The human body is a league of nations for an unfathomable variety of microbes, kept in check by complex relationships with our immune system and carefully crafted truces with each other.
Every now and then members of that microscopic community develop a taste for invasion, causing chaos as they stream across borders. For people with severe inflammatory bowel disease (IBD), a strain of oral bacteria could be doing just that.
A genetic analysis of more than a dozen strains of one common bacterium, Campylobacter concisus, has uncovered a short sequence of DNA that might explain why this guy is a law-abiding citizen when at home in the mouth, but a potential terrorist in the gut.
"Oral bacteria enter the digestive system every day when we swallow food or saliva," says biomolecular scientist Li Zhang from the University of New South Wales (UNSW), Australia.
"Most of the bacteria are killed by acids in the stomach, but some can survive and colonise in the intestines. The bacteria might not have colonised for long, but the mouth keeps bringing a constant supply of new bacteria – that's the problem."
Generally speaking, many microbes in the genus Campylobacter are bad news for the human digestive system. If you've ever had a gut-wrenching stomach bug that's sent you running for the bathroom while on an overseas holiday, there's a good chance this tiny horror was behind it.
Since such disease-causing species are typically at home in other animals' intestines, we tend to pick them up by consuming contaminated meat or water.
C. concisus isn't quite like its more pathogenic cousins. This species we can call our own, living happily under an ocean of spit in virtually all healthy humans.
But in recent years, medical researchers have suspected C. concisus might not always be the peaceful citizen we'd expected it to be. Bacterial markers associated with the microbe are suspiciously linked with active incidences of the intestinal condition Crohn's disease, for example.
Together with ulcerative colitis, Crohn's falls into a category of IBD characterised by a serious inflammation of the gut wall and surrounding tissue. The result is anything from diarrhoea and discomfort to blood in the stool, agonising pain, and weight loss.
In the cases where drugs or lifestyle changes do little to help, surgical intervention can be necessary, making it one serious illness to contend with.
Exactly what sets these inflammatory bowel diseases off in the first place isn't entirely clear. Diet and stress are thought to merely aggravate symptoms, with genetics, medications, and environment all playing a potential role in their development.
What is clear is that it's a complex condition. Clinical research is increasingly suggesting at least a few C. concisus strains are associated, though pinning the blame on them will take a lot more evidence.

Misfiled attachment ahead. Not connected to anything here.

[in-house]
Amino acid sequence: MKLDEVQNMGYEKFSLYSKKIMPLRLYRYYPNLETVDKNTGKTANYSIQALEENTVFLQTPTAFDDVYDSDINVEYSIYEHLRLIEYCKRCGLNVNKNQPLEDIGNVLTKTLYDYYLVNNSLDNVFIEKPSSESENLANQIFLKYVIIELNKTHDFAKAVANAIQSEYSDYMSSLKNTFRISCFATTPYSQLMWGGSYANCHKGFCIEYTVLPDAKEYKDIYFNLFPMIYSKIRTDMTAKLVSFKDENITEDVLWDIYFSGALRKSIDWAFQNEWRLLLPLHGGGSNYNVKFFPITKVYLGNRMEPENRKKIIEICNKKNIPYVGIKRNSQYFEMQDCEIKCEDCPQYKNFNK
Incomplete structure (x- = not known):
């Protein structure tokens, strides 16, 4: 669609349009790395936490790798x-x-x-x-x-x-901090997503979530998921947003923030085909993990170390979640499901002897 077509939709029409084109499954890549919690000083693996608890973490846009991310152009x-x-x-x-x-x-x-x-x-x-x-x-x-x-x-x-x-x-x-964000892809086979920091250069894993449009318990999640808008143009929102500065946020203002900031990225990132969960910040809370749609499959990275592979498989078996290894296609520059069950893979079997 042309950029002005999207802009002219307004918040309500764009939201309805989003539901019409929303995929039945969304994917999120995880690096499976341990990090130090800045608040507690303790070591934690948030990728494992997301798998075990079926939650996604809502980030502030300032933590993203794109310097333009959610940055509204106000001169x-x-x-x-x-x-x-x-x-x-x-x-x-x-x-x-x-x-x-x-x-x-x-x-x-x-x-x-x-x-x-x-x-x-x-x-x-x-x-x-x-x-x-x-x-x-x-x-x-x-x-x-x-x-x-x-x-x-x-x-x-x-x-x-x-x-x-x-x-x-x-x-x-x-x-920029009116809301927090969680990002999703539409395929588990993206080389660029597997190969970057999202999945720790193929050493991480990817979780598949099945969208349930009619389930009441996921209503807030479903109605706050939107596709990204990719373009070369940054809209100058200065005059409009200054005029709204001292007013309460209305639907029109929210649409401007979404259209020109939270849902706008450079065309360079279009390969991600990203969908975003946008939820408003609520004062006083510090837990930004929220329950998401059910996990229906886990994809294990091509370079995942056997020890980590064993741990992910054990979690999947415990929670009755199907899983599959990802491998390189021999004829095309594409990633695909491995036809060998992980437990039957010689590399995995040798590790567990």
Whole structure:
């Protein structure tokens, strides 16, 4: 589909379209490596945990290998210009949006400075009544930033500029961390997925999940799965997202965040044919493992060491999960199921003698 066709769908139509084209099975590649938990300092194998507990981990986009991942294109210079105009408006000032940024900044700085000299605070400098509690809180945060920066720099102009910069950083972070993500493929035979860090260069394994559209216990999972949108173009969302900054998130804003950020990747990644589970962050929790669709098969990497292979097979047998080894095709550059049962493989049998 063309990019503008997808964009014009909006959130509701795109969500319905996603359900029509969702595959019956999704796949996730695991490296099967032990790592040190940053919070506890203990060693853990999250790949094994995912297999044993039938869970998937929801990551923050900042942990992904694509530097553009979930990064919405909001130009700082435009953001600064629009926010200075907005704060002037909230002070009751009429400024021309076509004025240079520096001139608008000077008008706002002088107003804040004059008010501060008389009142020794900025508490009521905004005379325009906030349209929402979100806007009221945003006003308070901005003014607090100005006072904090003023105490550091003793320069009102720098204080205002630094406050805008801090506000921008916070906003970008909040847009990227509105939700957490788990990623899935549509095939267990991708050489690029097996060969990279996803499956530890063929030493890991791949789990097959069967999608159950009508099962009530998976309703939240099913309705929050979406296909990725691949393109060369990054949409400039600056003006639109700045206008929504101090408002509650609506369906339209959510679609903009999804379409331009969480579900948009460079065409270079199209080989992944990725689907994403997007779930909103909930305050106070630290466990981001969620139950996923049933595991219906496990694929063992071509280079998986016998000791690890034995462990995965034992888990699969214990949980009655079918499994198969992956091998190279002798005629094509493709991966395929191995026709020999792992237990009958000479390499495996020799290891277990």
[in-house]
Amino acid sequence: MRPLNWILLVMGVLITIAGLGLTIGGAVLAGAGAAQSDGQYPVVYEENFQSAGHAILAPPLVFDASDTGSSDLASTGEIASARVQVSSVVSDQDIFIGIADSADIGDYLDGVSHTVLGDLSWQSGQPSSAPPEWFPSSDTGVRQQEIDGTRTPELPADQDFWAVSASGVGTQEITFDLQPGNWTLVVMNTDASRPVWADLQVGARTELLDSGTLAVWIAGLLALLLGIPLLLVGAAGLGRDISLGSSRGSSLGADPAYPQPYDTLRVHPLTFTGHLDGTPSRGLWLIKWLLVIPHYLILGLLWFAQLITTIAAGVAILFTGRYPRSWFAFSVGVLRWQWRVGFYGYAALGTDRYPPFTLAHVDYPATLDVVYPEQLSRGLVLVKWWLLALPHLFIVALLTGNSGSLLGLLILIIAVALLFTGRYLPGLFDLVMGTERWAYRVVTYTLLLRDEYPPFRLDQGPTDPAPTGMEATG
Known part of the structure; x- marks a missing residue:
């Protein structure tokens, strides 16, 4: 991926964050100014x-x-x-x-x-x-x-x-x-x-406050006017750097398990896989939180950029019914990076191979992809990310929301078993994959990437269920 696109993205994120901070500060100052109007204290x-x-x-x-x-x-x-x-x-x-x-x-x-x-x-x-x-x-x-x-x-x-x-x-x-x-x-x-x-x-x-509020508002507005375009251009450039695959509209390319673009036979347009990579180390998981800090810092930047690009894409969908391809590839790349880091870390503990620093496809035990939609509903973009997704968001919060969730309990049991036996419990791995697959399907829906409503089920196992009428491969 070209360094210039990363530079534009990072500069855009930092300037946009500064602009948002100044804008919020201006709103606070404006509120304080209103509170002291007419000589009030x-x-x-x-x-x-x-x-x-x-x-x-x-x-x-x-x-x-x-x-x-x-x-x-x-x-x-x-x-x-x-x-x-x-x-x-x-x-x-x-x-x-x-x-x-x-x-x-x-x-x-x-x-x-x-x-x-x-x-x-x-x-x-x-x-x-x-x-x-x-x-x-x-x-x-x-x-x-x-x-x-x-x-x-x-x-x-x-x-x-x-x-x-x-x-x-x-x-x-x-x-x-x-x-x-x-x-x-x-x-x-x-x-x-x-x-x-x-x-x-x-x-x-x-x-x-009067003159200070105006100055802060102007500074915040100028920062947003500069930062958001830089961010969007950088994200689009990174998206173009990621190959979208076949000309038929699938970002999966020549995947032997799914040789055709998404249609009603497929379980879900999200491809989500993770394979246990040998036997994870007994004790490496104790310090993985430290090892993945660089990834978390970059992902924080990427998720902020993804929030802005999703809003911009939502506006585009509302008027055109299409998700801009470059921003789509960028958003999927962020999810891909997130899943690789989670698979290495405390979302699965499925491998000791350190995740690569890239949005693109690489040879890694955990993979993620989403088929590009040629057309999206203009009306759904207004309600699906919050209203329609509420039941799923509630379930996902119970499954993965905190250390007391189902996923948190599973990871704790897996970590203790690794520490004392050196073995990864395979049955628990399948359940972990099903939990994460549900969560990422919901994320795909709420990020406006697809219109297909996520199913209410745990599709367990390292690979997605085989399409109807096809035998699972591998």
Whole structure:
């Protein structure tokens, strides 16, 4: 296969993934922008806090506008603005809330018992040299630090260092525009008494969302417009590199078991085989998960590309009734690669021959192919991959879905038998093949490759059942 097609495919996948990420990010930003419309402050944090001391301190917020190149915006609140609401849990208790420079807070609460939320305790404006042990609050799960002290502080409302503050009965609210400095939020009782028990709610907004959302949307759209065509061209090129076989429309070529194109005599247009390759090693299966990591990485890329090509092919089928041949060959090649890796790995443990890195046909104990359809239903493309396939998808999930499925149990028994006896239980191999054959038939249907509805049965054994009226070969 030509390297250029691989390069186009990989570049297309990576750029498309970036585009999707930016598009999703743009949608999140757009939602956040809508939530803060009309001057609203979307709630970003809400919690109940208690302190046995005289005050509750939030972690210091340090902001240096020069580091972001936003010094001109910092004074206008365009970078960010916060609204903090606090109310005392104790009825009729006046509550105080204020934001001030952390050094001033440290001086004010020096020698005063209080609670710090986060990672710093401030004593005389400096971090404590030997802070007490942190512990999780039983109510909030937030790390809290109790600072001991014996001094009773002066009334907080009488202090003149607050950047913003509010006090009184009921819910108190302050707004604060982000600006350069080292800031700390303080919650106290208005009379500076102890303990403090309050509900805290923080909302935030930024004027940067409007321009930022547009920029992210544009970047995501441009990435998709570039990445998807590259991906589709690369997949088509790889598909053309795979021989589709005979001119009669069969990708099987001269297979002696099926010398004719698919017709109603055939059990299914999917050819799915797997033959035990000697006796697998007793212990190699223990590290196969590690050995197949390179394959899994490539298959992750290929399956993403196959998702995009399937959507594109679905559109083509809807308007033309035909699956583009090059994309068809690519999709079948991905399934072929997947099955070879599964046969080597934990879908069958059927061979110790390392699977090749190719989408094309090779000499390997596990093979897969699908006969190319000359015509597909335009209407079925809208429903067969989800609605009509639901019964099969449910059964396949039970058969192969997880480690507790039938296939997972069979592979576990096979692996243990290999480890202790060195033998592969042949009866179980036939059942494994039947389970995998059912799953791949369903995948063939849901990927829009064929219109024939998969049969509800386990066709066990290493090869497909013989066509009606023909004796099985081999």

A few potentially pathogenic strains have had their full genomes analysed already, but to date there haven't been any genomes from healthy individuals to compare them with.
In this most recent study, a further 13 genomes were successfully assembled from strains of C. concisus taken from both healthy controls and individuals with inflammatory bowel disease.
This handful of DNA libraries provided the team with a basis to compare the genetics of more than 230 strains collected from 146 people around the world. Among them were 120 strains from patients with Crohn's disease and severe ulcerative colitis, a number of whom were undergoing surgery for their disease.
From this wealth of genetic data the researchers sifted out common details.
One tiny ring of DNA called a plasmid stood out – a sequence of just two genes coded pSma1.
"A plasmid is outside the bacteria's chromosomal DNA," says the study's lead author, UNSW biotechnology researcher Fang Liu.
"It's considered a mobile genetic element, which means it can be transferred between different strains of the bacterium or even different species. If the plasmid carries any virulence genes, the bacteria could gain that virulence."
While small, the plasmid was found in large numbers inside strains of C. concisus taken from people with inflammatory bowel disease, particularly in those with ulcerative colitis.
That said, it was also identified in two strains taken from a pair of healthy control subjects, suggesting the story is likely to be far more complicated than simply possessing a trouble-making strain of the bacterium.
More research will help pull apart the mechanisms at work. While it's possible that pSma1 allows C. concisus to take advantage of an already inflamed gut, their potential role in antagonising, if not starting the disease would open the way for more treatments.
For the estimated 6.8 million individuals worldwide contending with the symptoms of IBD, the discovery could be life-changing.
"If we find out the plasmid plays a role in the pathogenesis, it could be quite easy to translate this finding into clinical use," says Zhang.
"Treatments targeting the oral cavity could help reduce the load of the bacteria. We may not be able to eradicate this bacterium, but we could certainly reduce the load."
This research was published in Microbial Genomics.